**Notations:**

Network topology: = (ν, ع)

|ν| = n nodes

|ع| = m links

E ⊆ ع is a subset of links, out of which the attacker chooses one to attack

イ is the set of spanning trees and |イ| = N

А := {α ∈ R+N | ΣT∈イ αT = 1} is the mixed strategy of the network manager or the probability with which he is going to choose a spanning tree, T ,from the set of the spanning trees

B := {β ∈ R+N | Σe∈ع βe = 1} is the mixed strategy of the attacker

Assuming that the network manager and attacker both have complete knowledge about the network topology, but the attacker doesn’t know the spanning tree chosen by the defender. A tree gets disrupted if the link attacked by the attacker belongs to the spanning tree chosen by the network manager. The loss to the manager is given by the following expression:

Since it is a zero sum game, the loss to the manager is the gain to the attacker. So, the attacker would want to maximise the above expression whereas the manager would want to minimise it.

**Critical Set:**

Characterising the subset of edges which are most vulnerable to be attacked which are defined to be a critical set. Considering a non-empty subset of edges E ⊆ ع. The set of minimum number of the links E has in common with the spanning tree is denoted by M(E).

Here ϑ(E) is the vulnerability of the of subset of edges E. It is defined as the minimum fraction of links that E has in common with the spanning tree. E is characterised to be critical if the following equation is satisfied:

For each E ⊆ ع defining イE ⊆ イ by:

Any T ∈ イE is known to be as an E-minimal spanning tree. This implies that the set of E-minimal spanning trees consists of trees having minimal number of edges contained in the set E. In other words it consists of spanning trees with the lowest probability of getting disconnected or the most secure spanning trees given E.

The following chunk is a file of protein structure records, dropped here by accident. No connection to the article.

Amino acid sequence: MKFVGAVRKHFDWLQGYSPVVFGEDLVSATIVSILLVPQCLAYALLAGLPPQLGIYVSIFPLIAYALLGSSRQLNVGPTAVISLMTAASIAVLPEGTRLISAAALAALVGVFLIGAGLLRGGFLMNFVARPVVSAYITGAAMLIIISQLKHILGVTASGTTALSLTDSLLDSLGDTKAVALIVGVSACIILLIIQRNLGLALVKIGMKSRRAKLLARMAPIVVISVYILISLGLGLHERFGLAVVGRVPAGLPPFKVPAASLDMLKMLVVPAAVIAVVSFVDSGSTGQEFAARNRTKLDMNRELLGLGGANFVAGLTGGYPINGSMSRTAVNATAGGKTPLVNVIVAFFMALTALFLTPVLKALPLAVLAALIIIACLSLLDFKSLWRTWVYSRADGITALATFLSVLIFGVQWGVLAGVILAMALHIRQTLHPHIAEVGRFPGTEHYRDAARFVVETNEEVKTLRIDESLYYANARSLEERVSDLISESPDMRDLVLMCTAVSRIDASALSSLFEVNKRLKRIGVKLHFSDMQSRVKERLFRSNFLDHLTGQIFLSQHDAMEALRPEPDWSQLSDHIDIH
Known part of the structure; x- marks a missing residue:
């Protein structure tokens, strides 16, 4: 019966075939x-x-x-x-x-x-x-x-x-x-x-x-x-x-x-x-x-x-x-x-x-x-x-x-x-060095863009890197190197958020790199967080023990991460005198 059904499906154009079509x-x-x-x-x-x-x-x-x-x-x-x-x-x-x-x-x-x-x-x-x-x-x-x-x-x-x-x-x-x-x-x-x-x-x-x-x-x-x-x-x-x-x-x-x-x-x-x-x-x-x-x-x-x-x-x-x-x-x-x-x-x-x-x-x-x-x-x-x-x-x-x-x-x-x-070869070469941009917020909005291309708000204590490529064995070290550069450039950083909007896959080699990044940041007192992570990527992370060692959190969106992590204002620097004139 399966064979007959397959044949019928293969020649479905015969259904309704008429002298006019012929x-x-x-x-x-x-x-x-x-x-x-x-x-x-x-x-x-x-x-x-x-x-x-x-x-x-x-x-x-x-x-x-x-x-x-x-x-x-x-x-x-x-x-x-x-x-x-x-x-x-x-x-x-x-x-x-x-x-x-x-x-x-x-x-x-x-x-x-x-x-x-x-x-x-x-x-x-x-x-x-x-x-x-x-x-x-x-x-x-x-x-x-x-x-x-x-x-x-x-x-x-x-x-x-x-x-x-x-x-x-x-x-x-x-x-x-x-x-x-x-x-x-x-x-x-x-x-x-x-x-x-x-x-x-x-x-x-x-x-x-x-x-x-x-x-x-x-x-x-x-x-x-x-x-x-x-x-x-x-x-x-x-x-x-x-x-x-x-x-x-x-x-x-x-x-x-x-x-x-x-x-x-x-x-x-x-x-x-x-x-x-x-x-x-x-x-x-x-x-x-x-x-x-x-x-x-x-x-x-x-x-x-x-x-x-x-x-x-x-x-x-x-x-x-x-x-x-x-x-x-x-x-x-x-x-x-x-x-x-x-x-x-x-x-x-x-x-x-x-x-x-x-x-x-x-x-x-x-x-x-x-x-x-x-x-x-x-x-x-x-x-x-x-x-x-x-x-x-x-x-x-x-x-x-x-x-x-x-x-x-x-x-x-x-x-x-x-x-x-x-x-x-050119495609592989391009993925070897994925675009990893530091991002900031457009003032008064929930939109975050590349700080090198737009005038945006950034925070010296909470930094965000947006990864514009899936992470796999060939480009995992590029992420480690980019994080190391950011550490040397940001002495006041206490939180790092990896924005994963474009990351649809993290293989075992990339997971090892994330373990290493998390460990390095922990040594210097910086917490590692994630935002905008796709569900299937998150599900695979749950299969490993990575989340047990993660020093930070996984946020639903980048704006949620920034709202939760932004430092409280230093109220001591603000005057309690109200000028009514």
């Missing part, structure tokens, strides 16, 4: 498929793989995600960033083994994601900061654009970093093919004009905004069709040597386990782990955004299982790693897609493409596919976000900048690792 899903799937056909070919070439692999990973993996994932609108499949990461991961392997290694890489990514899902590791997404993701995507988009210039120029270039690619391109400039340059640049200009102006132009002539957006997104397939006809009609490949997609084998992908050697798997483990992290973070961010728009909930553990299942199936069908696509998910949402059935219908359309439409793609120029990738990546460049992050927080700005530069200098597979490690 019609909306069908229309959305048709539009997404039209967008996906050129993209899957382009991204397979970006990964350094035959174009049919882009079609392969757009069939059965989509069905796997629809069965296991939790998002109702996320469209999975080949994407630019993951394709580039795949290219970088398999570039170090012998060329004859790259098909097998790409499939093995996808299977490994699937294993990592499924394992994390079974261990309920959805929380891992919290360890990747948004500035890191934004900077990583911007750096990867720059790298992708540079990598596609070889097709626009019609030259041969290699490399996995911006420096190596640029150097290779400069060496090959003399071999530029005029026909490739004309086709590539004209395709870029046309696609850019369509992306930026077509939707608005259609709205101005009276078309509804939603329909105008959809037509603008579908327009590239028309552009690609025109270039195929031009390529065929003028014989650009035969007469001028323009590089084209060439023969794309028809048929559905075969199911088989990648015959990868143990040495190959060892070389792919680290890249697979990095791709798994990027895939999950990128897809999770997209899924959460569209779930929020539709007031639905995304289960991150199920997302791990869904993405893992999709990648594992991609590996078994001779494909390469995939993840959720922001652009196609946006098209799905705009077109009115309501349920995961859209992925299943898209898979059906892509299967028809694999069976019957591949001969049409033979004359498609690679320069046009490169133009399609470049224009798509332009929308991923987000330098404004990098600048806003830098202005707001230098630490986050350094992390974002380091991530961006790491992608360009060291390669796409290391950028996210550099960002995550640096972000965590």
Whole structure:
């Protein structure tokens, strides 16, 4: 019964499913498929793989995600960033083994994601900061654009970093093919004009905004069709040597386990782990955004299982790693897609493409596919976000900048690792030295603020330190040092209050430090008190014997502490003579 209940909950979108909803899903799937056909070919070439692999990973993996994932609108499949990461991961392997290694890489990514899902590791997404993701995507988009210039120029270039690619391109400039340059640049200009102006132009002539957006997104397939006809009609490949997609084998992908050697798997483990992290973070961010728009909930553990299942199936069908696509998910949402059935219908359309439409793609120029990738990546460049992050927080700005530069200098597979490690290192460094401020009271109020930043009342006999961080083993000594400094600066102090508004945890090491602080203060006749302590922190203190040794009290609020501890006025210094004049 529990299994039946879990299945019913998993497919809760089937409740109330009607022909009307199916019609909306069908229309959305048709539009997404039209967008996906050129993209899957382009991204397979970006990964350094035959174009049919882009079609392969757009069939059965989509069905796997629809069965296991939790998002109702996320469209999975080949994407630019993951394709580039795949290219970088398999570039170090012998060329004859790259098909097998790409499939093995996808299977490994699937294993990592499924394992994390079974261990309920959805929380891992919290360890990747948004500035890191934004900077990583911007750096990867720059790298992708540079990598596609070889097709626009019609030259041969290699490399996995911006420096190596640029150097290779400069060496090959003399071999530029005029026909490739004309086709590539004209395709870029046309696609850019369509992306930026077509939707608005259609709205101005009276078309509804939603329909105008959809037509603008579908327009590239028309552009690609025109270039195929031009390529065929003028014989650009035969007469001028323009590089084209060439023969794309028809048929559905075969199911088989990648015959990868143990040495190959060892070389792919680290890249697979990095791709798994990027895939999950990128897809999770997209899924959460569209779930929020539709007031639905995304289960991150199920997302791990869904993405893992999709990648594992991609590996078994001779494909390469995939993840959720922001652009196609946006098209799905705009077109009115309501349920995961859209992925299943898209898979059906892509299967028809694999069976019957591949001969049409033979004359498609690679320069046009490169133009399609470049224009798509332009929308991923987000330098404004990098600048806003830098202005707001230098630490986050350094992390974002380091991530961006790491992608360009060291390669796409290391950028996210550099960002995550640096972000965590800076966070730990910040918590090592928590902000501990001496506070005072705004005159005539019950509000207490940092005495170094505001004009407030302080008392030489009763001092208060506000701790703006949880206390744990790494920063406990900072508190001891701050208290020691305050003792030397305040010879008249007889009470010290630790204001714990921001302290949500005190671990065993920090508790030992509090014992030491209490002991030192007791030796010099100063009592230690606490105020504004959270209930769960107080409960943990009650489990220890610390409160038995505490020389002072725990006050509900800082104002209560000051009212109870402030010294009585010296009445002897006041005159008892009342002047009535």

Fig 1 illustrates a few examples to explain the concept of critical set. Diagram 1(a) depicts a graph with the bridge(middle link). Any spanning tree is required to go through the dotted link. So, if E is the set with only that link then the vulnerability given E is 1. So, if the attacker attacks this link he gets the maximum benefit since every spanning tree is going to contain that link. So E is said to be critical in this scenario.

**Fig 1: Illustrative network examples**

Moving to a non-trivial critical set. In 1(b), if E is defined to be a set containing links 6 and 8, in that case every spanning tree is going to go through any one of those two links. So, the vulnerability of this network is ½. And this minimum cut set is critical.

**Critical subset attack theorem:**

This theorem provides a structure of one particular class of Nash equilibrium. The statement of the theorem is:

*“For each critical subset of edges, E, there exists a NE under which the attacker uniformly and exclusively targets the edges of the critical subset E and the network manager chooses only trees inside the set of E-minimal spanning trees. Specifically, the strategy of the attacker is:*